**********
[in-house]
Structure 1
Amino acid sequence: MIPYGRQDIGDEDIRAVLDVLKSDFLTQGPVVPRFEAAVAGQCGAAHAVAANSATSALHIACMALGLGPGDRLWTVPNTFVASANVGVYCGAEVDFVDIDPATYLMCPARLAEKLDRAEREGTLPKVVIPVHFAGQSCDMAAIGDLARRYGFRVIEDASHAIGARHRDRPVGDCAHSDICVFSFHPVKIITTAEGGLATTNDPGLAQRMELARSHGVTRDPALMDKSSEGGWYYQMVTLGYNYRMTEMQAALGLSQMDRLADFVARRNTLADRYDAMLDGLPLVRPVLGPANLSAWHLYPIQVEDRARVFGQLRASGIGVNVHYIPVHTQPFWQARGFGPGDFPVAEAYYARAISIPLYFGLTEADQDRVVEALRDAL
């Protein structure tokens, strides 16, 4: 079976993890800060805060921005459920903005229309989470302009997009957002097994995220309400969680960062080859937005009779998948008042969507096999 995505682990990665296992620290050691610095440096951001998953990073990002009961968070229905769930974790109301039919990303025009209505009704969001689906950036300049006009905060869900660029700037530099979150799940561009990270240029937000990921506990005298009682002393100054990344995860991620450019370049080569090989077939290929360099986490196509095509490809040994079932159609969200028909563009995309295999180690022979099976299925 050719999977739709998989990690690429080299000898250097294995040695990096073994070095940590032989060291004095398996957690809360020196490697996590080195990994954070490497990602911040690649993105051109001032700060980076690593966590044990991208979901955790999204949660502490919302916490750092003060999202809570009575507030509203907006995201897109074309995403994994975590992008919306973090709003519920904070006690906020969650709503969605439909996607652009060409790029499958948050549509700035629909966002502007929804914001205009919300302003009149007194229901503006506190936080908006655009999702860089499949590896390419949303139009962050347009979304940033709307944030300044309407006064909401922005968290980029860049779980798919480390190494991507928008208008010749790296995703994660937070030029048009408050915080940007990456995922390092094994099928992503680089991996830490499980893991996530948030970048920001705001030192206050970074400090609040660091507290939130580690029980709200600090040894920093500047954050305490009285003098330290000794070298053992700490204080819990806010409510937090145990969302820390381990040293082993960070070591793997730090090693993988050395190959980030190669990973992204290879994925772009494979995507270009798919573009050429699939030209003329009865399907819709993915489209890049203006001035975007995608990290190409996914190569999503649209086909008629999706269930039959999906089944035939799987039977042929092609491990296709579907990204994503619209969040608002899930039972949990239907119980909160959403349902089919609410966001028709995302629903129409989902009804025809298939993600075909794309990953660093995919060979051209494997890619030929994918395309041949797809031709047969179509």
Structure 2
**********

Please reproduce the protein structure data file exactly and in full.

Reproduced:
[in-house]
Structure 1
Amino acid sequence: MIPYGRQDIGDEDIRAVLDVLKSDFLTQGPVVPRFEAAVAGQCGAAHAVAANSATSALHIACMALGLGPGDRLWTVPNTFVASANVGVYCGAEVDFVDIDPATYLMCPARLAEKLDRAEREGTLPKVVIPVHFAGQSCDMAAIGDLARRYGFRVIEDASHAIGARHRDRPVGDCAHSDICVFSFHPVKIITTAEGGLATTNDPGLAQRMELARSHGVTRDPALMDKSSEGGWYYQMVTLGYNYRMTEMQAALGLSQMDRLADFVARRNTLADRYDAMLDGLPLVRPVLGPANLSAWHLYPIQVEDRARVFGQLRASGIGVNVHYIPVHTQPFWQARGFGPGDFPVAEAYYARAISIPLYFGLTEADQDRVVEALRDAL
């Protein structure tokens, strides 16, 4: 079976993890800060805060921005459920903005229309989470302009997009957002097994995220309400969680960062080859937005009779998948008042969507096999 995505682990990665296992620290050691610095440096951001998953990073990002009961968070229905769930974790109301039919990303025009209505009704969001689906950036300049006009905060869900660029700037530099979150799940561009990270240029937000990921506990005298009682002393100054990344995860991620450019370049080569090989077939290929360099986490196509095509490809040994079932159609969200028909563009995309295999180690022979099976299925 050719999977739709998989990690690429080299000898250097294995040695990096073994070095940590032989060291004095398996957690809360020196490697996590080195990994954070490497990602911040690649993105051109001032700060980076690593966590044990991208979901955790999204949660502490919302916490750092003060999202809570009575507030509203907006995201897109074309995403994994975590992008919306973090709003519920904070006690906020969650709503969605439909996607652009060409790029499958948050549509700035629909966002502007929804914001205009919300302003009149007194229901503006506190936080908006655009999702860089499949590896390419949303139009962050347009979304940033709307944030300044309407006064909401922005968290980029860049779980798919480390190494991507928008208008010749790296995703994660937070030029048009408050915080940007990456995922390092094994099928992503680089991996830490499980893991996530948030970048920001705001030192206050970074400090609040660091507290939130580690029980709200600090040894920093500047954050305490009285003098330290000794070298053992700490204080819990806010409510937090145990969302820390381990040293082993960070070591793997730090090693993988050395190959980030190669990973992204290879994925772009494979995507270009798919573009050429699939030209003329009865399907819709993915489209890049203006001035975007995608990290190409996914190569999503649209086909008629999706269930039959999906089944035939799987039977042929092609491990296709579907990204994503619209969040608002899930039972949990239907119980909160959403349902089919609410966001028709995302629903129409989902009804025809298939993600075909794309990953660093995919060979051209494997890619030929994918395309041949797809031709047969179509």
Structure 2